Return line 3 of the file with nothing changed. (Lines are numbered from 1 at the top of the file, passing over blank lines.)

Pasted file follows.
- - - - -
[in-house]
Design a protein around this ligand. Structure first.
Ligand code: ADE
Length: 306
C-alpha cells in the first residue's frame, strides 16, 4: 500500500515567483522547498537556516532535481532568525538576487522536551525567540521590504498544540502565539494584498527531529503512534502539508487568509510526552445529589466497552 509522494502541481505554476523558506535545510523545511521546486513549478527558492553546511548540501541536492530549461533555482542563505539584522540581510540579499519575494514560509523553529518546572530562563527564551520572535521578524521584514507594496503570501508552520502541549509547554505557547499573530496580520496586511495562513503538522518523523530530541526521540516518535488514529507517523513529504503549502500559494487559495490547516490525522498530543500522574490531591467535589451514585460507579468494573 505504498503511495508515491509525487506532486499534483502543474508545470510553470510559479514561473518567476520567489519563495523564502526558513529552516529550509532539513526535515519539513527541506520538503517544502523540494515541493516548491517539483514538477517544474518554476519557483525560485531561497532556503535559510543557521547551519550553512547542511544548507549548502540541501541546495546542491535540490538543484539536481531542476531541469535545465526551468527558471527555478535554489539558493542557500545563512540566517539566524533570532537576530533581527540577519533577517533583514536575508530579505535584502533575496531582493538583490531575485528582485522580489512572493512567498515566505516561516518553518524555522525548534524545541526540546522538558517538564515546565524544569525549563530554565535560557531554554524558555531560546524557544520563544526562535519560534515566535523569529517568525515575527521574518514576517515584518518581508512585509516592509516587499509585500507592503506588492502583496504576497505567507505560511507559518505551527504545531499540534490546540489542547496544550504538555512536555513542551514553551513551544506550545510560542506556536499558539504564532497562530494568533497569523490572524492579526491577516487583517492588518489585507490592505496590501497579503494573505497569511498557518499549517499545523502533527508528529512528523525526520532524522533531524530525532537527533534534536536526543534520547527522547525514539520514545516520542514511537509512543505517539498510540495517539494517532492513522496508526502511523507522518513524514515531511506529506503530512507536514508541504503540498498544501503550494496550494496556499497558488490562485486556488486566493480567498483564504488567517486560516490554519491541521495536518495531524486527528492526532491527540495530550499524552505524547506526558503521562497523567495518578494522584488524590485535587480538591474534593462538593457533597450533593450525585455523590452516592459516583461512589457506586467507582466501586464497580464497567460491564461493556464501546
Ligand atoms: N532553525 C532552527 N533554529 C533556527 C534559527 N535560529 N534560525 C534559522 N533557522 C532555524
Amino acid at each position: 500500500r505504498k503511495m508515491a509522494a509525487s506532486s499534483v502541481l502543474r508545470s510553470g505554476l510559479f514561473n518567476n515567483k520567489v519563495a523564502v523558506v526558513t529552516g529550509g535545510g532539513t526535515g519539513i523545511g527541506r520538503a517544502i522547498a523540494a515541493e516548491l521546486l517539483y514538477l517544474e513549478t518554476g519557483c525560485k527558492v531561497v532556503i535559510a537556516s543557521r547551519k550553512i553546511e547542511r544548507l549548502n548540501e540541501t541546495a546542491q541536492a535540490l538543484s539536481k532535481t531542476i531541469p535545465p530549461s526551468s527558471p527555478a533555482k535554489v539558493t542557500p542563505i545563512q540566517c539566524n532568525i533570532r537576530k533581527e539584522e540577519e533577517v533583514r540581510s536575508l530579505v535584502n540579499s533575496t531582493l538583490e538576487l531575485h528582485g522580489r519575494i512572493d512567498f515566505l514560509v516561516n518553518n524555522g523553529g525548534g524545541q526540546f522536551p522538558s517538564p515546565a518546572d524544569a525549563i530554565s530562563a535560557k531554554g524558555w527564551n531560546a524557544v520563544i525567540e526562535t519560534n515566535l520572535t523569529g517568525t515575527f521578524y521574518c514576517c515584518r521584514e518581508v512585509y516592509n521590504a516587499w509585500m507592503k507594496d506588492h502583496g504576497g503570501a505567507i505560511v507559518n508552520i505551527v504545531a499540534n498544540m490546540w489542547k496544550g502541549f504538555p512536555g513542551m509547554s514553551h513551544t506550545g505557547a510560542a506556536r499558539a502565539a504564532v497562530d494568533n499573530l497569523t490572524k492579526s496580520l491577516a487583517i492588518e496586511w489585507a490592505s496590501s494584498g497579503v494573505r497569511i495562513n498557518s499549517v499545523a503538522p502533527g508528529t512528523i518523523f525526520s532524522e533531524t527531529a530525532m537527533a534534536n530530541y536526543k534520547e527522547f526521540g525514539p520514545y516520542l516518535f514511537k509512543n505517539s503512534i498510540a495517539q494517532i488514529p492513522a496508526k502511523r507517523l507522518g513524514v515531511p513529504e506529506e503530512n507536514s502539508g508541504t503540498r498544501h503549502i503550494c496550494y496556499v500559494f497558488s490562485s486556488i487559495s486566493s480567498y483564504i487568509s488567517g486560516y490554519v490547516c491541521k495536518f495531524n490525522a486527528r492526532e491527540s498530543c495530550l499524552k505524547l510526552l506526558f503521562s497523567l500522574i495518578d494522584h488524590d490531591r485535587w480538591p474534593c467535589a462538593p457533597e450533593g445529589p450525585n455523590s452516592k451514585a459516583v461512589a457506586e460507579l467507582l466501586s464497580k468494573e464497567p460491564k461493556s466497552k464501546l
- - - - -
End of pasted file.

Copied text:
Ligand code: ADE